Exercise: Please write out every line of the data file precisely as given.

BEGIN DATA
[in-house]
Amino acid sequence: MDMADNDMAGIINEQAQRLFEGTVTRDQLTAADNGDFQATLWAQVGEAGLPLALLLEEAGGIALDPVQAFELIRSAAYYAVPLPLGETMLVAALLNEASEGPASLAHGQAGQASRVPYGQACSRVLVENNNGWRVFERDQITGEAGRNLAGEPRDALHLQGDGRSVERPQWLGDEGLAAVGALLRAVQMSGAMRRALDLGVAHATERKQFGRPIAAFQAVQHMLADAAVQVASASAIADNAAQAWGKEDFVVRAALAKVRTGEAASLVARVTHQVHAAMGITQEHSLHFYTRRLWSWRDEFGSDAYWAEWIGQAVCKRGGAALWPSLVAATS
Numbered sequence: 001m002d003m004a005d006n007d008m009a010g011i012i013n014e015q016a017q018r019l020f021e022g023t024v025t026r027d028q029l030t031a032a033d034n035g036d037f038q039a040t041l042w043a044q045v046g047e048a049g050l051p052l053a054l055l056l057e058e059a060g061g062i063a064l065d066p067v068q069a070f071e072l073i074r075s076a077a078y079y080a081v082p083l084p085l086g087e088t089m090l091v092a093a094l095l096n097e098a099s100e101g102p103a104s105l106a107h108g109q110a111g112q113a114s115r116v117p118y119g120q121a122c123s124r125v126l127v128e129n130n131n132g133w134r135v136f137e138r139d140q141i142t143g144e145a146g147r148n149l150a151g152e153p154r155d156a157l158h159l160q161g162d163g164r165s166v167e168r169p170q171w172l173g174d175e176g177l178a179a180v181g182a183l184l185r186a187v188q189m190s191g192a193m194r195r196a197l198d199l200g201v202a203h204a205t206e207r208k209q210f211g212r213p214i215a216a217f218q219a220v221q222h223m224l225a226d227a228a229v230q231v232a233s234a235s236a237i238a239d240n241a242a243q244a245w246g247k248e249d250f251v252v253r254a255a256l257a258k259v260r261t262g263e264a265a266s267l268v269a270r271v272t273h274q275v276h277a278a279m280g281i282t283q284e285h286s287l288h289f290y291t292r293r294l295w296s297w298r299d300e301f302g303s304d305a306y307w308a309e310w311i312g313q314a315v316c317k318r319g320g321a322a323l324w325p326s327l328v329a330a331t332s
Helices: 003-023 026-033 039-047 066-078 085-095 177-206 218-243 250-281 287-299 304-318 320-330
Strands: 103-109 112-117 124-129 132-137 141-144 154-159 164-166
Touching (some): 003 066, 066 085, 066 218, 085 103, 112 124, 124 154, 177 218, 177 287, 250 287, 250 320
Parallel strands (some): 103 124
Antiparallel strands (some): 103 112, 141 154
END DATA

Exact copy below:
[in-house]
Amino acid sequence: MDMADNDMAGIINEQAQRLFEGTVTRDQLTAADNGDFQATLWAQVGEAGLPLALLLEEAGGIALDPVQAFELIRSAAYYAVPLPLGETMLVAALLNEASEGPASLAHGQAGQASRVPYGQACSRVLVENNNGWRVFERDQITGEAGRNLAGEPRDALHLQGDGRSVERPQWLGDEGLAAVGALLRAVQMSGAMRRALDLGVAHATERKQFGRPIAAFQAVQHMLADAAVQVASASAIADNAAQAWGKEDFVVRAALAKVRTGEAASLVARVTHQVHAAMGITQEHSLHFYTRRLWSWRDEFGSDAYWAEWIGQAVCKRGGAALWPSLVAATS
Numbered sequence: 001m002d003m004a005d006n007d008m009a010g011i012i013n014e015q016a017q018r019l020f021e022g023t024v025t026r027d028q029l030t031a032a033d034n035g036d037f038q039a040t041l042w043a044q045v046g047e048a049g050l051p052l053a054l055l056l057e058e059a060g061g062i063a064l065d066p067v068q069a070f071e072l073i074r075s076a077a078y079y080a081v082p083l084p085l086g087e088t089m090l091v092a093a094l095l096n097e098a099s100e101g102p103a104s105l106a107h108g109q110a111g112q113a114s115r116v117p118y119g120q121a122c123s124r125v126l127v128e129n130n131n132g133w134r135v136f137e138r139d140q141i142t143g144e145a146g147r148n149l150a151g152e153p154r155d156a157l158h159l160q161g162d163g164r165s166v167e168r169p170q171w172l173g174d175e176g177l178a179a180v181g182a183l184l185r186a187v188q189m190s191g192a193m194r195r196a197l198d199l200g201v202a203h204a205t206e207r208k209q210f211g212r213p214i215a216a217f218q219a220v221q222h223m224l225a226d227a228a229v230q231v232a233s234a235s236a237i238a239d240n241a242a243q244a245w246g247k248e249d250f251v252v253r254a255a256l257a258k259v260r261t262g263e264a265a266s267l268v269a270r271v272t273h274q275v276h277a278a279m280g281i282t283q284e285h286s287l288h289f290y291t292r293r294l295w296s297w298r299d300e301f302g303s304d305a306y307w308a309e310w311i312g313q314a315v316c317k318r319g320g321a322a323l324w325p326s327l328v329a330a331t332s
Helices: 003-023 026-033 039-047 066-078 085-095 177-206 218-243 250-281 287-299 304-318 320-330
Strands: 103-109 112-117 124-129 132-137 141-144 154-159 164-166
Touching (some): 003 066, 066 085, 066 218, 085 103, 112 124, 124 154, 177 218, 177 287, 250 287, 250 320
Parallel strands (some): 103 124
Antiparallel strands (some): 103 112, 141 154